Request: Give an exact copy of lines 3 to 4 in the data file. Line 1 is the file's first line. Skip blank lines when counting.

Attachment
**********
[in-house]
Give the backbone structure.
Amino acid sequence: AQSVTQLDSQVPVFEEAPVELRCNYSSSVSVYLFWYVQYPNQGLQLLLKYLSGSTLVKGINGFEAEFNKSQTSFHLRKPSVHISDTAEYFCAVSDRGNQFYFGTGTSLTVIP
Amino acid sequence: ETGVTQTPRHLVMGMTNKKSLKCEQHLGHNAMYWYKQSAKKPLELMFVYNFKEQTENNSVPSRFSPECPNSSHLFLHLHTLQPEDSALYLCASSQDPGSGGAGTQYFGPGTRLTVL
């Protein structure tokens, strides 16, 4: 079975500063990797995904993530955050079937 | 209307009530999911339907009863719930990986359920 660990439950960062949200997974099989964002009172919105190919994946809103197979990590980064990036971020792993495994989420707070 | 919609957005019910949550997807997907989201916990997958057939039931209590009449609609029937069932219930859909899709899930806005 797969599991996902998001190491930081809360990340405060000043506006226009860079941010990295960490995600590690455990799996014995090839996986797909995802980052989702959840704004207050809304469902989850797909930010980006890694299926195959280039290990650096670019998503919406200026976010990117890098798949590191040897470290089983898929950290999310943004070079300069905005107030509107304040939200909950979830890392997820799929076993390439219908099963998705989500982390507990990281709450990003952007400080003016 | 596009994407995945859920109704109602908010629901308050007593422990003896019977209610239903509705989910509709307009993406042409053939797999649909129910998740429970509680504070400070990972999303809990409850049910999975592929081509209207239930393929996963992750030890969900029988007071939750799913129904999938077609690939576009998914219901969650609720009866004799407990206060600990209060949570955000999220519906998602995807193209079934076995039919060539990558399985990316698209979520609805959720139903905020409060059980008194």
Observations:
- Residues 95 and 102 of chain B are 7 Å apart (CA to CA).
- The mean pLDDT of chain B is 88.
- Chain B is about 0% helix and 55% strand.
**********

Amino acid sequence: AQSVTQLDSQVPVFEEAPVELRCNYSSSVSVYLFWYVQYPNQGLQLLLKYLSGSTLVKGINGFEAEFNKSQTSFHLRKPSVHISDTAEYFCAVSDRGNQFYFGTGTSLTVIP
Amino acid sequence: ETGVTQTPRHLVMGMTNKKSLKCEQHLGHNAMYWYKQSAKKPLELMFVYNFKEQTENNSVPSRFSPECPNSSHLFLHLHTLQPEDSALYLCASSQDPGSGGAGTQYFGPGTRLTVL